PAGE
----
The reason why trans people exist is a neurological condition called gender dysphoria, caused by the brain developing into that of the sex opposite of that of the body (in my case, a female brain in a male body). The mismatch causes a feeling of dysphoria towards their sexual characteristics, their social treatment based on their gender, or both. The intensity of this dysphoria varies from person to person, with there being a few who need to do little more than dress as the gender they identify as. For most, however, a medical transition is required as treatment, involving hormone therapy and surgery to alleviate the dysphoria by making the person’s body resemble that of the sex they identify as.

Being trans is a lot more serious than most people realize. As I said previously, gender dysphoria sucks out my livelihood at every turn, making me feel depressed for something as simple as not having been born biologically female. It is these intense, oppressive feeling that lead to the 41% suicide rate amongst people diagnosed with gender dysphoria, with many more having suicidal thoughts. I consider myself lucky not to be amongst the ones whose minds have gone there, though I can certainly see how they did. I am a pretty positive person overall, but when it comes to my gender dysphoria, I can’t help but see it through an seriously pessimistic lens, no matter how aware I am of the fact that I’m just thinking pessimistically.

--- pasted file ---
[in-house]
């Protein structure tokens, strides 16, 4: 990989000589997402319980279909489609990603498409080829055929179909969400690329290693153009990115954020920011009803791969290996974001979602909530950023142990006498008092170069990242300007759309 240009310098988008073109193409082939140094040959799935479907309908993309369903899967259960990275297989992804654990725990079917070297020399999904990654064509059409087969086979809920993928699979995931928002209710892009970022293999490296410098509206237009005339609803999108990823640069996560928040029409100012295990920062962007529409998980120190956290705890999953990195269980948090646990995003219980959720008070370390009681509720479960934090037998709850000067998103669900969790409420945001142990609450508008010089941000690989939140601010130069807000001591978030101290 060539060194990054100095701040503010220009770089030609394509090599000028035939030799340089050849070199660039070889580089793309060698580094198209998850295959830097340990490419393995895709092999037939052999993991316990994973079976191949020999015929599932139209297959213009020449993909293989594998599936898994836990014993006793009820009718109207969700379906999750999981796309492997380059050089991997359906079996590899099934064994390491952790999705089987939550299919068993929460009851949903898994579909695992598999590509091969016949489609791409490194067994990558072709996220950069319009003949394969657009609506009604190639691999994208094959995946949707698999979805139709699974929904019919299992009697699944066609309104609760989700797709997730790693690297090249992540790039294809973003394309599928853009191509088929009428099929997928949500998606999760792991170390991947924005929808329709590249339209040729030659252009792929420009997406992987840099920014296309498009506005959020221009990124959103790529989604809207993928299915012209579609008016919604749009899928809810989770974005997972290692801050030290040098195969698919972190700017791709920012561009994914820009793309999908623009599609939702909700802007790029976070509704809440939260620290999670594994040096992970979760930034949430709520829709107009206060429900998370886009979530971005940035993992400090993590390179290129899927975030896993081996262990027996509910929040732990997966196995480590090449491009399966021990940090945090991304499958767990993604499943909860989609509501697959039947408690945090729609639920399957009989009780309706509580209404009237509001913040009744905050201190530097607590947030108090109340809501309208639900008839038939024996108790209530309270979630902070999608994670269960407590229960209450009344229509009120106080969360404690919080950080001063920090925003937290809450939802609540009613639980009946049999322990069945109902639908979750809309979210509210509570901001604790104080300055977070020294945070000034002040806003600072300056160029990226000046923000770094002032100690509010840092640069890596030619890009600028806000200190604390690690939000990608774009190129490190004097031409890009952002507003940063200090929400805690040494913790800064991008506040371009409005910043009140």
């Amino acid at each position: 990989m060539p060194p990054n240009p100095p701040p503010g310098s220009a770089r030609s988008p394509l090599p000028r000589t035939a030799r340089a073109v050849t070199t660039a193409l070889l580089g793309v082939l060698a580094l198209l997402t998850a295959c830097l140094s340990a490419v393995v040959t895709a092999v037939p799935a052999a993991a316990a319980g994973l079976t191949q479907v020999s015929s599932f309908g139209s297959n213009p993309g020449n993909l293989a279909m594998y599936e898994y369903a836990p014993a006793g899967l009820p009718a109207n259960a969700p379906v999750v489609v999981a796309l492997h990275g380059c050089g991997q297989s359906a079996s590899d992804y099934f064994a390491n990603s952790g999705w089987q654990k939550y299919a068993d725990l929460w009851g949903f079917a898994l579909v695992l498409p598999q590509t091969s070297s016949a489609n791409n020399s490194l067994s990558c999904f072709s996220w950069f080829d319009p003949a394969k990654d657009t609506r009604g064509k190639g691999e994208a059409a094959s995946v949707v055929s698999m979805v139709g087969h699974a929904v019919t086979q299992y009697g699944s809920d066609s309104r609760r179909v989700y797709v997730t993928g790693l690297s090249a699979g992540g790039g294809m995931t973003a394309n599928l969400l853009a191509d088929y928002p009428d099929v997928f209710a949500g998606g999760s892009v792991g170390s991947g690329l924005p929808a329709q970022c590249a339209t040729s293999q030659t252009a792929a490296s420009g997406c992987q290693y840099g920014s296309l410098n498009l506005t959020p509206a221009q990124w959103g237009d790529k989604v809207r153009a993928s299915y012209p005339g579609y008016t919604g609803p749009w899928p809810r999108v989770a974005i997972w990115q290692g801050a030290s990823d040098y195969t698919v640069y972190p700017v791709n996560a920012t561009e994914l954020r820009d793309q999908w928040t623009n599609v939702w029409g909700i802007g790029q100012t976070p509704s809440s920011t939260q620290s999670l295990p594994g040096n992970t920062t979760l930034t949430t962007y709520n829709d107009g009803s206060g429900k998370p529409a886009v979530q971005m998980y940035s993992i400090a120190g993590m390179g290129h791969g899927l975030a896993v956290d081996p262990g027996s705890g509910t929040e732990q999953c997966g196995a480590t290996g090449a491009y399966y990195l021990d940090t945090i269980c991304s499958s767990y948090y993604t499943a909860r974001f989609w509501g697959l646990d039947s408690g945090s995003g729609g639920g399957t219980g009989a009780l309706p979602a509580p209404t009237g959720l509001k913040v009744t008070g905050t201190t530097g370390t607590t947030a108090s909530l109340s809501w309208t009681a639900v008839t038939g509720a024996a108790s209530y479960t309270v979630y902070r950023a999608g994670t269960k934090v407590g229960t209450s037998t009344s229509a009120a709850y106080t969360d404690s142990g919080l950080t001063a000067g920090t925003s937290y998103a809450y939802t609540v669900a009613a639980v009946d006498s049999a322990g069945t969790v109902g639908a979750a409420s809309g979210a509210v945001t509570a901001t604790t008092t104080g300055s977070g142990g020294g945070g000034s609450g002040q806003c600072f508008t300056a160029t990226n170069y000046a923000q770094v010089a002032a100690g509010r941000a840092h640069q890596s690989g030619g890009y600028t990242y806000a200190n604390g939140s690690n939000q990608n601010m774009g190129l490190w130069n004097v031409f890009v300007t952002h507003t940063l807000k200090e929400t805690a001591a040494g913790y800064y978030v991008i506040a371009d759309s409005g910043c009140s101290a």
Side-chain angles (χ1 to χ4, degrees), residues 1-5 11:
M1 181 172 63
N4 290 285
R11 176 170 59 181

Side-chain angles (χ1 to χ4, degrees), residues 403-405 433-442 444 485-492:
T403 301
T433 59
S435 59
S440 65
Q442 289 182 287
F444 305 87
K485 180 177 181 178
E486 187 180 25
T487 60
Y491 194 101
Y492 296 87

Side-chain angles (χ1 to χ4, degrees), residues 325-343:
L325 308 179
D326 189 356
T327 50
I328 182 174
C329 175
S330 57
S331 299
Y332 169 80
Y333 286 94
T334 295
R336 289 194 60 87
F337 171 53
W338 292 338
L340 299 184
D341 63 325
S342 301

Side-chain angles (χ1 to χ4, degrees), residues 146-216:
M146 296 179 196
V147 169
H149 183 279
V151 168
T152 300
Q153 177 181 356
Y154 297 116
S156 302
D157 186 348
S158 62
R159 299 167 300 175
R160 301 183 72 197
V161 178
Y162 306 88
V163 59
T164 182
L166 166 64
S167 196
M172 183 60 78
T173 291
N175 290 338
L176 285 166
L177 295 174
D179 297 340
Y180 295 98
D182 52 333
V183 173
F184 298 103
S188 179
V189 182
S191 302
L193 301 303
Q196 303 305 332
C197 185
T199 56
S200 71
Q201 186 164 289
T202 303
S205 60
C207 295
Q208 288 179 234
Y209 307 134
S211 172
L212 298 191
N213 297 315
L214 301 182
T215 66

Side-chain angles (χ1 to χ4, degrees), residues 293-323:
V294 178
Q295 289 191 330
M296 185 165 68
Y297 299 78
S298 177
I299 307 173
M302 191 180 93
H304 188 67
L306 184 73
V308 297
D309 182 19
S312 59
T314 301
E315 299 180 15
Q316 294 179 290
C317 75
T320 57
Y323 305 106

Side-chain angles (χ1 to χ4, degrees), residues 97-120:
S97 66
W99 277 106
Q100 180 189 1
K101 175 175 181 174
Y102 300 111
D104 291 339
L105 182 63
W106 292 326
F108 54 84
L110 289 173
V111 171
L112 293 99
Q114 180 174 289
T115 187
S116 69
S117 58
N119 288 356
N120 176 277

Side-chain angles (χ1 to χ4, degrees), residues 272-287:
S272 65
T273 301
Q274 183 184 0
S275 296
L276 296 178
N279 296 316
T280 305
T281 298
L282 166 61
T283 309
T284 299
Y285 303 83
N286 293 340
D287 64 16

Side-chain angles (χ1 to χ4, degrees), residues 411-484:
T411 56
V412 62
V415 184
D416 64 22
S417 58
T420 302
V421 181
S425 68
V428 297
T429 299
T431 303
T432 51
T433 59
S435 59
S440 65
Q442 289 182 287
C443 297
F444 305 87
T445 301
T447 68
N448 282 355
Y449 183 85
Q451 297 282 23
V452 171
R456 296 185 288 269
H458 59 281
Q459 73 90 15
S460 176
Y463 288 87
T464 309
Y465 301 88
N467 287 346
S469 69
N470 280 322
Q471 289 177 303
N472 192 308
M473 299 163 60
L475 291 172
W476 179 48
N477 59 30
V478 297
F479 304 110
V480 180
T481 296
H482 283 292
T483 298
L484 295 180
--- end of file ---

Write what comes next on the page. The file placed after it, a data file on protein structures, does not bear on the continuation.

I definitely appreciate your understanding and support, Mondas. Thought I can’t say I’ve even heard that mantra before, I think I’ve actually been living most of my life by it regardless. Unfortunately, no matter how much I accept the things I can never change about my body, it won’t make them stop hurting. But that doesn’t mean I don’t try to change everything I can. Soon, I will start my medical transition, and training my voice to sound feminine. I know I’ve got a long road ahead of me, but it’ll be worth it.
[-] The following 3 users Like DarkGricer's post:
  • Ferox, ScottishWildcat, theGrackle
Reply
#14
Look, DarkGricer, I do not wish pain on anyone, even those who may seemingly deserve it, by their own actions.

But seriously, you are effectively tormenting yourself, by re-investing such delusional-level 'belief' so relentlessly.
Such ideation is of mental origin, & can only be countered by effectively addressing your mental issues, not surgery.

You will never be an authentic natural-born female of the species, no matter what cosmetic/endocrine input you get.

This is a cold, hard fact, sadly regardless of your angst-ridden fantasies, or striving to achieve a contrary outcome.